Have a look as well at this color chart of J. Wippell and Company Limited, Exeter, Great Britain.

January 14, 2011

Kippa versus Pileolus

A questions often asked:
"What is the difference between the jewish kippa (yarmulke) and the catholic pileolus (soli deo, zucchetto)?"
> The number of panels (segments) they are made of and the stem (seldom a button) on the top.

Roman Catholic priests wearing a pileolus (soli deo, zucchetto) with 8 panels (segments)
and a little stem (2-3 cm) on the top

Pileolus (soli deo, zucchetto) of Roman Catholic cardinal with 8 panels (segments)
and a little stem (2-3 cm) on the top

Roman Catholic priests wearing as well pileoli (soli deo, zucchetto) with 6 panels (segments)
and a little button; this one is from a Polish priest

A Jewish kippa (yarmulke) with 4 panels (segments) and no stem on the top

The phiro of the Syriac Orthodox clergy
Please direct your attention to the 7 panels (segments),
indicating the full priesthood of the celebrant
(click on the picture to get a closer view)

January 10, 2011

Phiro d'Kohnutho - The Skull Cap of the Syrian Priesthood

Please direct you attention to the 7 panels (segments),
indicating the full priesthood of the celebrant
(click on the picture to get a closer view)

Phiro d’Kohnutho - THE FRUIT OF PRIESTHOOD - The Skull Cap of the Syrian Priesthood
By Kuriakos Tharakan Thottupuram, Ph.D., D.D.

My emphases and comments:

On many occasions I was asked about the significance of the skull cap worn by the priests of the Syrian [Orthodox] Church, both in the Middle East and in India. Recently there were some inquiries about it by our readers. Hence we are trying to educate our readers about the relevance of skull caps worn by our clergy.

In the Syrian [Orthodox] Church this skull cap is called Elbishto d’Kurobo, the cap for offering the sacrifice, and it is also called Phiro d’Kohnutho, the Fruit of Priesthood (one may find different spellings for these terms in other publications).

Clergy of other churches also wear the same or similar caps or skull caps during their liturgical functions. But all these practices share the same traditions.

Jewish Practice 

It was the ancient Jewish practice that men should cover their heads during prayers and ceremonial occasions. It was customary for women to cover their heads always. But men were required to wear head-covering during prayers. This custom is still observed by Jewish men on Saturdays and on feast days. However, the priests and rabbis during the period of the Old Testament covered their heads not only during prayers and religious services, but also at other times when they appeared in public.

There was a good reason for doing so. As we know the Jews were even scared of pronouncing the name of God. Even now the Orthodox Jews do write the word ‘God’, without the vowel in it (G-d). They were afraid of the presence of God. Moreover, they also wanted to minimize the importance of their presence before God. So they covered their heads during religious services. The practice indicated one’s insignificance and nothingness before the Sovereign of the universe. During the time of Jesus, this custom was already in place, and in icons and pictures representing Christ and His apostles, we see head-coverings on them. Men and women usually covered their heads all the time because of the almost desert-like weather in the Middle East. We can also observe this practice among people of other religions. The large head-veil was later reduced to a manageable skull cap for the sake of convenience. In Hebrew this skull cap was called Kippah. Before and during the time Christ this skull cap was called Yerai Malka, which is an ancient Aramaic phrase, meaning the Fear of or Honor for the King. As everyone knows, during the few centuries before Christ, and during His period, the culture and the language of the Jewish people were Aramaic.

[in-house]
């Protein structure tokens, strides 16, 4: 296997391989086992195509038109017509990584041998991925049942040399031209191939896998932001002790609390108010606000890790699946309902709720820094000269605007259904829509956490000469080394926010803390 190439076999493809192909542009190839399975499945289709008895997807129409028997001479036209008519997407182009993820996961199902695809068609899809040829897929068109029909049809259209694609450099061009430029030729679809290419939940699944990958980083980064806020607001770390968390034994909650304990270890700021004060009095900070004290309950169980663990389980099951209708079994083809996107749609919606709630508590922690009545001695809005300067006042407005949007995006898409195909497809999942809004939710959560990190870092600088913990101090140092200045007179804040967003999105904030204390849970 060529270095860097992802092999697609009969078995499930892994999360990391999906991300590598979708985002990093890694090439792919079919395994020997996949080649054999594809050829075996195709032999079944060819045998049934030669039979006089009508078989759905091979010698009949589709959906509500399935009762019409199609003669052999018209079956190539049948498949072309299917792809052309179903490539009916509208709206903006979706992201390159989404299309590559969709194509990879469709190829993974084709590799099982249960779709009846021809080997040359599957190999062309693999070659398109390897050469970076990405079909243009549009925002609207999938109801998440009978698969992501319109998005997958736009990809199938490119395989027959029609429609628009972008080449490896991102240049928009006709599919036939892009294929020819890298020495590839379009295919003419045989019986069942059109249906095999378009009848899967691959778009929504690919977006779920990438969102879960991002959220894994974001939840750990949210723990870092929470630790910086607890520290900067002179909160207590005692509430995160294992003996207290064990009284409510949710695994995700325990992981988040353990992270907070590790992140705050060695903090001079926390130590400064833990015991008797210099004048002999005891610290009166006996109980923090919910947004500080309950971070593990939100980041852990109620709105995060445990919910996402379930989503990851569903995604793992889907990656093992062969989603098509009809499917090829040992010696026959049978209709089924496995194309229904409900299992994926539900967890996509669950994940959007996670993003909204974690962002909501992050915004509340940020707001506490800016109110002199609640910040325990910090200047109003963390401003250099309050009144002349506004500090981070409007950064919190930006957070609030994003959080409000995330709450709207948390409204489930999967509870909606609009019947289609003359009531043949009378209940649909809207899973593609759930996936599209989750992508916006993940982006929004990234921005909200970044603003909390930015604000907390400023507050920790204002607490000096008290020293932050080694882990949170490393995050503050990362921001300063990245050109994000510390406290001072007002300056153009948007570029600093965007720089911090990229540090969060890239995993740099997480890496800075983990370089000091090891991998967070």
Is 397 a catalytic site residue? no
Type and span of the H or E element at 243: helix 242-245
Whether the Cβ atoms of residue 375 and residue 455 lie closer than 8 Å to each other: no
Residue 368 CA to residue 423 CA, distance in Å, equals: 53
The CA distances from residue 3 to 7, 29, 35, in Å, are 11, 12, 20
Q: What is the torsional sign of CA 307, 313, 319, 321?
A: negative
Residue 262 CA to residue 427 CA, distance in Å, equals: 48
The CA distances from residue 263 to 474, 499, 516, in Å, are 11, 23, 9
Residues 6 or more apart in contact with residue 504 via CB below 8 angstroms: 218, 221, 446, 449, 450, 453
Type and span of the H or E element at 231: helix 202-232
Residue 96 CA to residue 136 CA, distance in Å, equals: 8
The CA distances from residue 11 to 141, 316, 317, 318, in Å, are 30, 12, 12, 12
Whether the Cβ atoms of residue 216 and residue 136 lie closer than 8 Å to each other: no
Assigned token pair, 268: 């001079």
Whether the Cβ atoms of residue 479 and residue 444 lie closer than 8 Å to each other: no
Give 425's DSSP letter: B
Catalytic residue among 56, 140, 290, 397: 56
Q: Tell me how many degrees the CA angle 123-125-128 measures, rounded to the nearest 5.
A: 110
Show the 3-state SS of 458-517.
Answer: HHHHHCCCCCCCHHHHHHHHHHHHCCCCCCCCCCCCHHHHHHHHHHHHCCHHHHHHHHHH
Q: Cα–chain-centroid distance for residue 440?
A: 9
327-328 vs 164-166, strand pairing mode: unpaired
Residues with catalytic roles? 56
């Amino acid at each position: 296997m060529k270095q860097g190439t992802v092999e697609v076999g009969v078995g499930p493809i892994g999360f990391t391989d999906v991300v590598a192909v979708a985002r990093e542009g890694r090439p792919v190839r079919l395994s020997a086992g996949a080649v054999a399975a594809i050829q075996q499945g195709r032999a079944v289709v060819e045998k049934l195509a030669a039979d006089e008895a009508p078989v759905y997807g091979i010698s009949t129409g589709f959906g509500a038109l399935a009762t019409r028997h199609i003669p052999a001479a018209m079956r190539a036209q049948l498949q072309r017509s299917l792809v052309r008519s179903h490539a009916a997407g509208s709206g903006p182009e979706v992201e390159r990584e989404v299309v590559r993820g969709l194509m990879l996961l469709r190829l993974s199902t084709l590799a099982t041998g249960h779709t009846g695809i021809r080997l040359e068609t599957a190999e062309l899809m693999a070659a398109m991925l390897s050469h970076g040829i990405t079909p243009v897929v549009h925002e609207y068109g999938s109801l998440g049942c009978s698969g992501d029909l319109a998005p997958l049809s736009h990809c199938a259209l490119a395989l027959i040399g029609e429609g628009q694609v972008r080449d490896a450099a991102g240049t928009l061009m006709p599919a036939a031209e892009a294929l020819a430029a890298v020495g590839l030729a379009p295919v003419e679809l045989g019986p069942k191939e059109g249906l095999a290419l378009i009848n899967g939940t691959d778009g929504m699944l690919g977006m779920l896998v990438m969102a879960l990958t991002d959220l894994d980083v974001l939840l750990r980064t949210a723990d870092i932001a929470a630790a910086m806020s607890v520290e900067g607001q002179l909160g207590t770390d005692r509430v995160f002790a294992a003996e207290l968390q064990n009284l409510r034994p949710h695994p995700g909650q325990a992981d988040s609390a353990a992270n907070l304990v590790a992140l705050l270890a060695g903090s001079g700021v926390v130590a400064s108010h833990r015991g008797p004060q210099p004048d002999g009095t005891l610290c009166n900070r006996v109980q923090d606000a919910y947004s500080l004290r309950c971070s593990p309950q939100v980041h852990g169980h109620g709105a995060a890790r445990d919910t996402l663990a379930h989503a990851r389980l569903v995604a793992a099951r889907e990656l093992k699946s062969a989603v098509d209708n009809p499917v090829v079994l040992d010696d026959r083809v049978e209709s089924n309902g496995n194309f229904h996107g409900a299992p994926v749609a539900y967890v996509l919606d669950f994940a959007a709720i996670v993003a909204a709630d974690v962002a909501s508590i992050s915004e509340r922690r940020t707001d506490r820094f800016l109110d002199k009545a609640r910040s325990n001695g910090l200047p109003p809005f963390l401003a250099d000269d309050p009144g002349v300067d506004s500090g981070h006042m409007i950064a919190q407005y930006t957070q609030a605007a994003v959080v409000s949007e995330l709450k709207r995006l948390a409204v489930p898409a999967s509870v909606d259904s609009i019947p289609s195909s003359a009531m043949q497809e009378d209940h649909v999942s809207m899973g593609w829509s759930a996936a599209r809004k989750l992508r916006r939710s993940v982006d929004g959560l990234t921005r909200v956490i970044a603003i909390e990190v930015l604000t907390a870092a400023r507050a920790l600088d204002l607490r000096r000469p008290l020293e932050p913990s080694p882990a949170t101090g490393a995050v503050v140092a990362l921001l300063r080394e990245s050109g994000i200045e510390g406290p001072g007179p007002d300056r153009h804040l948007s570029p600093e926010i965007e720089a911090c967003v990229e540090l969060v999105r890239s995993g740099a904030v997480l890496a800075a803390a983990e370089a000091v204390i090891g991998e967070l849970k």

When Jews were scattered after the siege of Jerusalem by the Roman army around AD 70, they took this practice to their Diasporas, including the Aramaic culture. Their men continued to wear Kippah. Among the Jewish people in Diaspora, there also developed an eclectic language called Yiddish, which takes its content and form from Hebrew, Aramaic, and the European language(s), mainly German. The Jews who spoke Yiddish coined a new term from Yerai Malka, and we thus have the word Yarmulke, pronounced Yah-mi-kuh.

Jews had been living in various parts of the Roman Empire long before the time of Christ for commercial reasons and they were the best businessmen like they are still now. When Jews were taken as captives after the siege of Jerusalem, their presence was more significantly notified. But the tragedy was that, after the collapse of the Jewish Jerusalem and the enslavement of Jews by the Romans across the Empire, they were just considered slaves within society. They lost the civil status as freemen after they lost Jerusalem. In the Roman Empire slaves were required to cover their heads, but freemen did not cover their heads. This situation forced the Jewish men to retain the habit of covering their heads even after they were in diaspora. Early Christians of Jewish origin maintained the same traditions and customs.

The Christian Origin of the Skull Cap

We have already explained that the Jewish priests and rabbis had been covering their heads during prayers and religious services. Christian priests and bishops also followed the same custom, because they considered themselves to be the ministers of a perfected Judaism, not as a separate religion. It was the same tradition of Jewish priests that the early Christian priests and bishops accepted when they celebrated the Eucharist, which is the mystical Paschal sacrifice of the New Covenant. Thus the black skull cap became a common headwear for Christian clergy as a continuation of the Jewish priestly practice. The Christian clergy continued this practice even after the separation of the Church from Judaism. [I do not know if this is correct? In the Catholic literature you often can read that the pileolus (soli deo, zucchetto) was worn due to the fact that in winter it was cold in the churches of the medival and for the priest and monks wore tonsure it was important to protect their heads against the cold and to avoid bad colds.]